Gaiman sounds satisfied with his analogy, and I marvel at the liberties his British/American accent (“Trans-Atlantic,” as he calls it) takes with the word “composts.” His words seem aware of their own wisdom, as if he’s giving a commencement speech.
At this point, the public relations man is no longer scanning for signs of trouble. I am no longer asking questions from my notebook. Gaiman begins dispensing stories of upchucking.
“I did this once about a year ago in Edinburgh,” he says. “I hadn’t even typed a story; I had finished handwriting it about five minutes before the taxi arrived to take us to the gig. And I got onstage and read it in handwriting. And I was so absolutely terrified that shortly before I got on stage, I stuck my head out the window and threw up. Just from terror.”
I feel like I have breached a barrier.
At the end of the interview, I pick up my voice recorder. I talk to him about his home near Minneapolis, as he calls for a mic check. “When I talk about home, I brag about you, Prince, Bob Dylan, and the Replacements,” I say.
“Oh yes, can’t forget about the Replacements,” he says, and he sounds like a man besieged by yet another fan. Like a man about to go up before a crowd and read his rough draft.
I bid him farewell.
As I walk away, I think of his response to my final question. He said: “You know, when you’re a college student, at that period of your life, my main advice would be to absorb everything you can. Read everything you can. Read outside of your comfort zone. Don’t obsess about writing. Don’t obsess about finishing stuff. Just absorb all your influences. And then start writing. And then start telling your stories. And sooner or later you’ll be telling the stories that only you can tell.”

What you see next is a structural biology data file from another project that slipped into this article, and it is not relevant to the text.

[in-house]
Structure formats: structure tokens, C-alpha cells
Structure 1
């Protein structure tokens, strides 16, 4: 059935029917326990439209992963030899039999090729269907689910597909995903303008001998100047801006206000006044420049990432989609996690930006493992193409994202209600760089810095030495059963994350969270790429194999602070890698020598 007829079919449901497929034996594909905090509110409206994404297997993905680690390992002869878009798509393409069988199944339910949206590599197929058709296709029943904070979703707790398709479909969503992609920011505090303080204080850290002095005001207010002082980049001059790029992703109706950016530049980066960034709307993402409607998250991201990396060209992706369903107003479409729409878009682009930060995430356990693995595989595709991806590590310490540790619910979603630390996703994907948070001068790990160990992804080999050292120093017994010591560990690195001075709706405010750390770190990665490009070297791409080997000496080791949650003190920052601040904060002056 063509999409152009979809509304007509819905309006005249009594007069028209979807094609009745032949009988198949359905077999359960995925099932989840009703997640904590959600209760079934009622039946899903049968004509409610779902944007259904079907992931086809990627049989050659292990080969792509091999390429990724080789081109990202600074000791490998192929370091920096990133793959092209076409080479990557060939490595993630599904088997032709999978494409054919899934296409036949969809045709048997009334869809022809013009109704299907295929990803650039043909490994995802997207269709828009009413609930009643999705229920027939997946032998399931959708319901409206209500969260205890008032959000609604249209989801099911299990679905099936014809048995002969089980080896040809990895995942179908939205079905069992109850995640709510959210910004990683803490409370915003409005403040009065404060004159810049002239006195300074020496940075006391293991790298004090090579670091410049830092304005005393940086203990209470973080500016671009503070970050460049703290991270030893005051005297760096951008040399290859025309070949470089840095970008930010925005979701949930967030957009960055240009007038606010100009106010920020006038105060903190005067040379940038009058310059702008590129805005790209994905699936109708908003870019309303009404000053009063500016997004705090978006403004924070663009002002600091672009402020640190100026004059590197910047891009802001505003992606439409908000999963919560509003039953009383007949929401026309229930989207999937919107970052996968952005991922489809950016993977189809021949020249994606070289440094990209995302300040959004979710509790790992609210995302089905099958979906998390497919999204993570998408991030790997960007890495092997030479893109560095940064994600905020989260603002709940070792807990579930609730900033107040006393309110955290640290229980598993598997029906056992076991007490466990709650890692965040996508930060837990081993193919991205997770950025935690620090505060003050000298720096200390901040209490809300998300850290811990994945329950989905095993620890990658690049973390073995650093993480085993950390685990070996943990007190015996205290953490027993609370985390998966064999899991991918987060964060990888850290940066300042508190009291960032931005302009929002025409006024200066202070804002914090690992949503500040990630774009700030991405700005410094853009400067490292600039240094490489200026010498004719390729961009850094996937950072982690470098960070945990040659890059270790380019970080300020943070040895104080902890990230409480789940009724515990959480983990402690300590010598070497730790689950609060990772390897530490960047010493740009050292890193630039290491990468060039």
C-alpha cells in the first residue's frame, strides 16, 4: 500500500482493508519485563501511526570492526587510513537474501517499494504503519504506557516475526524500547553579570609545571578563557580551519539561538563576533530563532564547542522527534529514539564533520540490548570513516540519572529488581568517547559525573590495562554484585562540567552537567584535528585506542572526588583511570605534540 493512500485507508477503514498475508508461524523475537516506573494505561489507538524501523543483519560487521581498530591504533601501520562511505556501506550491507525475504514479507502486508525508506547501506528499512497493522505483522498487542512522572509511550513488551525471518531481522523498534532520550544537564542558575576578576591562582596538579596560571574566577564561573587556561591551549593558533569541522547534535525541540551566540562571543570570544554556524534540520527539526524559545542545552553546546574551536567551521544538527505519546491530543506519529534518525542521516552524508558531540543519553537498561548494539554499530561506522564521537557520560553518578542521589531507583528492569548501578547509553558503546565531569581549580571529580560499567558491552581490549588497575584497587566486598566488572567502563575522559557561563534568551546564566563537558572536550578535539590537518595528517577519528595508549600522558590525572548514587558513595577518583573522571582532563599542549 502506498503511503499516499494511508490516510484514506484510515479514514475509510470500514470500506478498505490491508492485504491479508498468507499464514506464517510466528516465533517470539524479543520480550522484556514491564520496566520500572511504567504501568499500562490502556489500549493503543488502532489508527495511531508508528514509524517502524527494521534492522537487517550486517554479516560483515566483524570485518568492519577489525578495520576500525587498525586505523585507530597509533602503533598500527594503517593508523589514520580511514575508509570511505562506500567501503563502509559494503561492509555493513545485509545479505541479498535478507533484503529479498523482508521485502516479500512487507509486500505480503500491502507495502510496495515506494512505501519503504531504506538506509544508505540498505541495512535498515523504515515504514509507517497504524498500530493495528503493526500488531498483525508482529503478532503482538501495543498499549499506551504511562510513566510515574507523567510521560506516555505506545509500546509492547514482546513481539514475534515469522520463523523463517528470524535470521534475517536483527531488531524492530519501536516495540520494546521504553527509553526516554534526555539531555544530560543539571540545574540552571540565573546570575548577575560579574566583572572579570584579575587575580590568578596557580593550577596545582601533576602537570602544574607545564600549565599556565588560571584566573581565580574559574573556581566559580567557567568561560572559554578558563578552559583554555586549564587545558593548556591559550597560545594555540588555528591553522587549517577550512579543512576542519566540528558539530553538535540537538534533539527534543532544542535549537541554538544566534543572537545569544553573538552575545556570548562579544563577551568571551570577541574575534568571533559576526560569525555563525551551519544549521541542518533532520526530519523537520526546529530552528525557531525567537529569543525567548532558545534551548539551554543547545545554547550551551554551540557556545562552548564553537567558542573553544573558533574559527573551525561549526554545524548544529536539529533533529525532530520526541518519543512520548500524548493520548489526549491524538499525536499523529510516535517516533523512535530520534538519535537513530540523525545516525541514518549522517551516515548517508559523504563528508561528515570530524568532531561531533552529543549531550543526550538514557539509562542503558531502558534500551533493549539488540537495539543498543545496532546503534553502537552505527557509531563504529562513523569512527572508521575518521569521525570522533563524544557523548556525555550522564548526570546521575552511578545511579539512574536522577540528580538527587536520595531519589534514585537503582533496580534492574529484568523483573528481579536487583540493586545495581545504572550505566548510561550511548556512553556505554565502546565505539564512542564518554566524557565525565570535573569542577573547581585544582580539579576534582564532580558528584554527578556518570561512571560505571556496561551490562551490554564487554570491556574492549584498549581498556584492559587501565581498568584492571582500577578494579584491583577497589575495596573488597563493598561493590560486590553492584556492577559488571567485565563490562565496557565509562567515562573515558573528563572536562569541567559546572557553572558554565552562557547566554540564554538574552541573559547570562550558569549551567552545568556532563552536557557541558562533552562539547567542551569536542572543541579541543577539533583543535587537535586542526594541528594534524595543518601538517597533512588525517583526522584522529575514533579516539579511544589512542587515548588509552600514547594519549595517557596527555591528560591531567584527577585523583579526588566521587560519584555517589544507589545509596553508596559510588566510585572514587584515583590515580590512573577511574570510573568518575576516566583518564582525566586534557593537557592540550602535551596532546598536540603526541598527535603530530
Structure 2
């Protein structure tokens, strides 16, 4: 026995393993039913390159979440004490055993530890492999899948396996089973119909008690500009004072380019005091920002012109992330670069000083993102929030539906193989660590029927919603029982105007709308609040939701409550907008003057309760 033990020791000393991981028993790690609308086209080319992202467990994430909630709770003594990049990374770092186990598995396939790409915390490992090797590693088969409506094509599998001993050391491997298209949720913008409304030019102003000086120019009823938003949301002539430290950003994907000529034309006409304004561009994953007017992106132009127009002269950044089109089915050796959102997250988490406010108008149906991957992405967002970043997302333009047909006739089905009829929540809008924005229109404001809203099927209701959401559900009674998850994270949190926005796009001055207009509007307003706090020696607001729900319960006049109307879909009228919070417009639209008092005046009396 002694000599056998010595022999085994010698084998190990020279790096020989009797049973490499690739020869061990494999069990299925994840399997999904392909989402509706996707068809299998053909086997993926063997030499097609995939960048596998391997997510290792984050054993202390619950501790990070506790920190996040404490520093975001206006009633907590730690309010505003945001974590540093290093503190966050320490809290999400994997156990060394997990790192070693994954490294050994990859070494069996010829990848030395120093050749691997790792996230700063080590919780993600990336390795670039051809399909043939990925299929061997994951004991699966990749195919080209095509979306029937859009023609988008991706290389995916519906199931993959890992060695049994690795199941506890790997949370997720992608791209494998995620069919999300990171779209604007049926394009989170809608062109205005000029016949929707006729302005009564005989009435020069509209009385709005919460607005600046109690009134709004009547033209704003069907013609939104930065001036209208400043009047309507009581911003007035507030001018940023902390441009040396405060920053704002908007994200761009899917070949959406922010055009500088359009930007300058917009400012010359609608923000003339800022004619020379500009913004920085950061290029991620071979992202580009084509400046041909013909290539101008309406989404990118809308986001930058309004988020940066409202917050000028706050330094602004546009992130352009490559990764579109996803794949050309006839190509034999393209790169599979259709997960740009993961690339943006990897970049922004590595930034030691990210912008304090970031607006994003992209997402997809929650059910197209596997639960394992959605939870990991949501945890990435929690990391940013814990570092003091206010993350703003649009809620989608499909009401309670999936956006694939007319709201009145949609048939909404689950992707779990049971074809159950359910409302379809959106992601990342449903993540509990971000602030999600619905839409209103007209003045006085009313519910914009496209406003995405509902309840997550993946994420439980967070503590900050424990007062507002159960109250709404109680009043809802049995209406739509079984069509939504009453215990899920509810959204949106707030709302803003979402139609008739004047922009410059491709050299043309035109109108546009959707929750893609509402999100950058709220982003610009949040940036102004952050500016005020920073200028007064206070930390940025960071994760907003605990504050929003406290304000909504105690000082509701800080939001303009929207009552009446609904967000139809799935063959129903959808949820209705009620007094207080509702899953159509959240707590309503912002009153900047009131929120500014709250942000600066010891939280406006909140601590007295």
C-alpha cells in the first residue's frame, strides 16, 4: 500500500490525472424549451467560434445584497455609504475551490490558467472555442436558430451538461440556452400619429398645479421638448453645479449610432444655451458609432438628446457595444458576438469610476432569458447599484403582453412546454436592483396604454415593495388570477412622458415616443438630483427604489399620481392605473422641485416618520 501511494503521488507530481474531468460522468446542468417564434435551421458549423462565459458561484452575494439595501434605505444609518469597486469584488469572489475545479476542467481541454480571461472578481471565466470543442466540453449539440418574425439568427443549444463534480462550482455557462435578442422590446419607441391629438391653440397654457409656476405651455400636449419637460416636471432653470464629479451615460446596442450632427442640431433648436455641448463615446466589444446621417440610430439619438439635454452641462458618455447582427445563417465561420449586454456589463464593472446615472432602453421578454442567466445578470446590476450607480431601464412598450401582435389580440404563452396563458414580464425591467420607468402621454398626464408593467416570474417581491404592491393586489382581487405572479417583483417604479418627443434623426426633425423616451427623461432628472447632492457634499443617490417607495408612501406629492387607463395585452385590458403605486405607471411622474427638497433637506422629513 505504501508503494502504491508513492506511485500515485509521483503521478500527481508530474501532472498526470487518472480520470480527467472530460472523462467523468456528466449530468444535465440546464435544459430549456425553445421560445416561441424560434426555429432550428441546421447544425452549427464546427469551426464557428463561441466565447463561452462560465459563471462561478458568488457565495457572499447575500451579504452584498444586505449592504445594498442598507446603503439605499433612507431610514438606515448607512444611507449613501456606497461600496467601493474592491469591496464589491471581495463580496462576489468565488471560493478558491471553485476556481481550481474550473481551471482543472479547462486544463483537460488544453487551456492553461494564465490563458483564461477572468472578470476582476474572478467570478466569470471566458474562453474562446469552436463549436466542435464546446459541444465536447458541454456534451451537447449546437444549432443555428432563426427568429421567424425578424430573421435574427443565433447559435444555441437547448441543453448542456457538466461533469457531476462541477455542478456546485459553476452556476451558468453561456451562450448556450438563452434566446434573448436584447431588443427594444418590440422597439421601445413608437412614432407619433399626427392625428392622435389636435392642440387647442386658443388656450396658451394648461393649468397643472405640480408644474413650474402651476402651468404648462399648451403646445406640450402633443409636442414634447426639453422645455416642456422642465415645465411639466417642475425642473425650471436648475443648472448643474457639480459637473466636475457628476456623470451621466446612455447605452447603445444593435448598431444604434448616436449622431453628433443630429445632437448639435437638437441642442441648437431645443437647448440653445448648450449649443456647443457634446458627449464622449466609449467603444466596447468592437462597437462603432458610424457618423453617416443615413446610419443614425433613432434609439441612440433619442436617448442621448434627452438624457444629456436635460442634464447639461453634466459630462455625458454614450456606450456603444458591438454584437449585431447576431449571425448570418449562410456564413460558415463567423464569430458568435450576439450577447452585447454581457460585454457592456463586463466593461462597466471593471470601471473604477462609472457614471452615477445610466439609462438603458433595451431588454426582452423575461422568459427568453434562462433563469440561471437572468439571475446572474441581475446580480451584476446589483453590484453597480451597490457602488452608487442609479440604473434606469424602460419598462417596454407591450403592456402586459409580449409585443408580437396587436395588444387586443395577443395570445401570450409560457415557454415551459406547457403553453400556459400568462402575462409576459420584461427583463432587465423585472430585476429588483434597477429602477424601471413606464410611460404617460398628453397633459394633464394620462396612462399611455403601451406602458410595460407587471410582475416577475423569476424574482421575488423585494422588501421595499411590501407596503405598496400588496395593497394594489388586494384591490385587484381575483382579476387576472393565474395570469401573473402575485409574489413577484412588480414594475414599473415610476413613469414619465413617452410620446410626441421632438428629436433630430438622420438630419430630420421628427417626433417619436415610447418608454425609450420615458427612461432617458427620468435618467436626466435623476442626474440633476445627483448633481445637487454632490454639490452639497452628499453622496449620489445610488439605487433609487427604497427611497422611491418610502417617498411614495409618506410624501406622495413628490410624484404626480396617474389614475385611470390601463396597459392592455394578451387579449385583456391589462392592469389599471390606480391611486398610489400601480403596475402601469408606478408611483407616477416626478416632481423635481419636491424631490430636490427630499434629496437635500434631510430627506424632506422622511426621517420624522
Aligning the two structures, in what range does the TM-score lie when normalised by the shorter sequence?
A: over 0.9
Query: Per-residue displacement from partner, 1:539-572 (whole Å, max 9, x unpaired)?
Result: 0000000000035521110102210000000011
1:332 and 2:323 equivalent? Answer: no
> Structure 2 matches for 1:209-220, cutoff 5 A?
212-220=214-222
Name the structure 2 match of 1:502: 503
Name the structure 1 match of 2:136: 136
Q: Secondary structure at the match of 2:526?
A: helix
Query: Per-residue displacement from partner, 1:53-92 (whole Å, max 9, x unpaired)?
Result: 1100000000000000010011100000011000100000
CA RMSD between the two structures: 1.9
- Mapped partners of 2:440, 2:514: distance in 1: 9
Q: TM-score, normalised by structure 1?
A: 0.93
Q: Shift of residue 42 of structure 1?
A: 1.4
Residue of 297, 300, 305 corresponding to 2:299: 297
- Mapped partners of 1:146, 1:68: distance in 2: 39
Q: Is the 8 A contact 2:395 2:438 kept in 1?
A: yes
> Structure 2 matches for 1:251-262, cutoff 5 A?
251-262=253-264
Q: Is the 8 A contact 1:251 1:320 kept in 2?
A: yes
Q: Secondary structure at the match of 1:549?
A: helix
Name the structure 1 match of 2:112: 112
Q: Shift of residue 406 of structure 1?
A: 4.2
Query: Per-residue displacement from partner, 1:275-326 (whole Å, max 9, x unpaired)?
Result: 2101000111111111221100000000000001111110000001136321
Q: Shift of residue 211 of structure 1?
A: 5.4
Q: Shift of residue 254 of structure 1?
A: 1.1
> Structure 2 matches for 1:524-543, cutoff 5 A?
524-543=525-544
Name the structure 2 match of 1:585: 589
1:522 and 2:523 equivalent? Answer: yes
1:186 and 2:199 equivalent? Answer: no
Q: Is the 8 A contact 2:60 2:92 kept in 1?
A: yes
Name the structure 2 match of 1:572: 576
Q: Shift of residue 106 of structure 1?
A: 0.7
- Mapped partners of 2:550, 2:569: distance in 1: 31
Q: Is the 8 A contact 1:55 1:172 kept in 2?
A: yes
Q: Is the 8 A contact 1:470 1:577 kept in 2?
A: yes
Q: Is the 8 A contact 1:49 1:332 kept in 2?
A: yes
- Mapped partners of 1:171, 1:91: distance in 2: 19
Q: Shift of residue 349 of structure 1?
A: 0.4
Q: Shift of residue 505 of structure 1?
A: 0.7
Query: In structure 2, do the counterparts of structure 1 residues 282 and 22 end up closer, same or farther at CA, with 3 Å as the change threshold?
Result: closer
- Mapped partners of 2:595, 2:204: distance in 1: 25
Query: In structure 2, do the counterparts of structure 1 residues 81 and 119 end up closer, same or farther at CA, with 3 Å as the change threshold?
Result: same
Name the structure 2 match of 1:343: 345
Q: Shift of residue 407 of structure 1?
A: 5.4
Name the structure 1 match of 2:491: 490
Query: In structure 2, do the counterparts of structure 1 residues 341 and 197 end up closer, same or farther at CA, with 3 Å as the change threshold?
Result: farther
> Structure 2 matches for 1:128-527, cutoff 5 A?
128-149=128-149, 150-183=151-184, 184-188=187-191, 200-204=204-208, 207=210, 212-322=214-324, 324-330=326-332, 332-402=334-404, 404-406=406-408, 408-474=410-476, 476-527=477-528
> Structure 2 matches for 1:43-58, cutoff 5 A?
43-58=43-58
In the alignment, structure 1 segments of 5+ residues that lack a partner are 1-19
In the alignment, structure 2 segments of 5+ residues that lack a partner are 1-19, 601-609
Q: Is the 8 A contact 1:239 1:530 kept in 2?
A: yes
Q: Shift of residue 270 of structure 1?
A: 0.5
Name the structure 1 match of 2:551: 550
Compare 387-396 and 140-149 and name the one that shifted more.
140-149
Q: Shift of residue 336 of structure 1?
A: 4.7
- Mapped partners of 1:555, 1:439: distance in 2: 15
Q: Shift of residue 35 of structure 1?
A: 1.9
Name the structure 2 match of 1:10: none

And I realize that the interview was a routine performance, after all. I didn’t really break through to the private Neil Gaiman. For him, the true audience is still to come, the wolves to be found there—not with me, the eager fan.
Later, I watch him on stage as another admirer among many. And he sounds like a man born to tell fairy tales.
- Photo of Neil Gaiman © pinguino; Creative Commons license
J.p. Lawrence is a veteran of Operation Iraqi Freedom. He served in southern Iraq from 2009 to 2010 as a military journalist with the 34th Red Bull Infantry Division. His deployment consisted of traveling to a strange new place, meeting strange new people, and gaining an understanding. He wrote more than 100 pieces there. Currently, he continues his Army career in between studying creative writing and anthropology at Bard College.
“Since I lost my childhood wonder of flying, I’ve thought that an airplane is like getting stuck in an elevator with 300 other people, where everyone is just waiting to be somewhere else. In the end we are just statistical noise, a few DNA patterns away from the chicken in an in-flight meal.” — Jetlag: A Love Story